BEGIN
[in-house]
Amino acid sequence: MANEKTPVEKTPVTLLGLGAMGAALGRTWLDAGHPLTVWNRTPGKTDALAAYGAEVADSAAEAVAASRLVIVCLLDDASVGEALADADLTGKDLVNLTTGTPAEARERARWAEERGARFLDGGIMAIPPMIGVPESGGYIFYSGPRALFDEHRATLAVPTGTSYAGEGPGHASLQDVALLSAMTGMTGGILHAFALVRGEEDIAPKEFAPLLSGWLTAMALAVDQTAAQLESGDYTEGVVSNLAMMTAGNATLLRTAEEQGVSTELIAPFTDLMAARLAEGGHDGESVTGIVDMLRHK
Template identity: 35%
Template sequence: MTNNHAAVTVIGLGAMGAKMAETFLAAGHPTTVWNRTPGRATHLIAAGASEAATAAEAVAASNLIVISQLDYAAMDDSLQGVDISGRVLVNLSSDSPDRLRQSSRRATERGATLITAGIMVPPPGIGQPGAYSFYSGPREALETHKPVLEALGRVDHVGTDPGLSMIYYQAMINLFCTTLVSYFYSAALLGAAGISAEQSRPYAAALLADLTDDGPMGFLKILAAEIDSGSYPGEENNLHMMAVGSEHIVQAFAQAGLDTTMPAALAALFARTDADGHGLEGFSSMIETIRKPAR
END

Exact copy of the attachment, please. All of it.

[in-house]
Amino acid sequence: MANEKTPVEKTPVTLLGLGAMGAALGRTWLDAGHPLTVWNRTPGKTDALAAYGAEVADSAAEAVAASRLVIVCLLDDASVGEALADADLTGKDLVNLTTGTPAEARERARWAEERGARFLDGGIMAIPPMIGVPESGGYIFYSGPRALFDEHRATLAVPTGTSYAGEGPGHASLQDVALLSAMTGMTGGILHAFALVRGEEDIAPKEFAPLLSGWLTAMALAVDQTAAQLESGDYTEGVVSNLAMMTAGNATLLRTAEEQGVSTELIAPFTDLMAARLAEGGHDGESVTGIVDMLRHK
Template identity: 35%
Template sequence: MTNNHAAVTVIGLGAMGAKMAETFLAAGHPTTVWNRTPGRATHLIAAGASEAATAAEAVAASNLIVISQLDYAAMDDSLQGVDISGRVLVNLSSDSPDRLRQSSRRATERGATLITAGIMVPPPGIGQPGAYSFYSGPREALETHKPVLEALGRVDHVGTDPGLSMIYYQAMINLFCTTLVSYFYSAALLGAAGISAEQSRPYAAALLADLTDDGPMGFLKILAAEIDSGSYPGEENNLHMMAVGSEHIVQAFAQAGLDTTMPAALAALFARTDADGHGLEGFSSMIETIRKPAR